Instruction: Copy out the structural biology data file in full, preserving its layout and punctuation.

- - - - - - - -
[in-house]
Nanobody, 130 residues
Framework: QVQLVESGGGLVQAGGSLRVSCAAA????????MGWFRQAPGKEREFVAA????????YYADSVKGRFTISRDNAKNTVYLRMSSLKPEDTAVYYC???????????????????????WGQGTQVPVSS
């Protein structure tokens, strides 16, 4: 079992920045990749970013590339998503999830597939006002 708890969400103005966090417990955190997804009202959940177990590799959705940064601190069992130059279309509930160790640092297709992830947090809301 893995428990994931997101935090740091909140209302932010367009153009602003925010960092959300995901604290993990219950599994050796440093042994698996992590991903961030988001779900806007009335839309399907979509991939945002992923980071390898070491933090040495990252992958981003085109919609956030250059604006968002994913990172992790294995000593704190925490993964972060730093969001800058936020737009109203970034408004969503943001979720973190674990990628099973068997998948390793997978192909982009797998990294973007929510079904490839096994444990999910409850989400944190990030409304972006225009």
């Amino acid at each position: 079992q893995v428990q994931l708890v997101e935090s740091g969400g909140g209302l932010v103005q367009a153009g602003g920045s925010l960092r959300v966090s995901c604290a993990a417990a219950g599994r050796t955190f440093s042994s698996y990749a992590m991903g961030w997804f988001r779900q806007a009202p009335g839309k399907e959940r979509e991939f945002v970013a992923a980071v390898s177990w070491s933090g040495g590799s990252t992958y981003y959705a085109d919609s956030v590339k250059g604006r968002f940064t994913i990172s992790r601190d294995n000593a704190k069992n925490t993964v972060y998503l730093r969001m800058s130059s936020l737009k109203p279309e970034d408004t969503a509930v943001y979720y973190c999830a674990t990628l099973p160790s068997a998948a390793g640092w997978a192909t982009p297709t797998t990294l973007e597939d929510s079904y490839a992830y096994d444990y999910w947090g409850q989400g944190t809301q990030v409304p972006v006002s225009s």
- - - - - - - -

[in-house]
Nanobody, 130 residues
Framework: QVQLVESGGGLVQAGGSLRVSCAAA????????MGWFRQAPGKEREFVAA????????YYADSVKGRFTISRDNAKNTVYLRMSSLKPEDTAVYYC???????????????????????WGQGTQVPVSS
């Protein structure tokens, strides 16, 4: 079992920045990749970013590339998503999830597939006002 708890969400103005966090417990955190997804009202959940177990590799959705940064601190069992130059279309509930160790640092297709992830947090809301 893995428990994931997101935090740091909140209302932010367009153009602003925010960092959300995901604290993990219950599994050796440093042994698996992590991903961030988001779900806007009335839309399907979509991939945002992923980071390898070491933090040495990252992958981003085109919609956030250059604006968002994913990172992790294995000593704190925490993964972060730093969001800058936020737009109203970034408004969503943001979720973190674990990628099973068997998948390793997978192909982009797998990294973007929510079904490839096994444990999910409850989400944190990030409304972006225009």
């Amino acid at each position: 079992q893995v428990q994931l708890v997101e935090s740091g969400g909140g209302l932010v103005q367009a153009g602003g920045s925010l960092r959300v966090s995901c604290a993990a417990a219950g599994r050796t955190f440093s042994s698996y990749a992590m991903g961030w997804f988001r779900q806007a009202p009335g839309k399907e959940r979509e991939f945002v970013a992923a980071v390898s177990w070491s933090g040495g590799s990252t992958y981003y959705a085109d919609s956030v590339k250059g604006r968002f940064t994913i990172s992790r601190d294995n000593a704190k069992n925490t993964v972060y998503l730093r969001m800058s130059s936020l737009k109203p279309e970034d408004t969503a509930v943001y979720y973190c999830a674990t990628l099973p160790s068997a998948a390793g640092w997978a192909t982009p297709t797998t990294l973007e597939d929510s079904y490839a992830y096994d444990y999910w947090g409850q989400g944190t809301q990030v409304p972006v006002s225009s």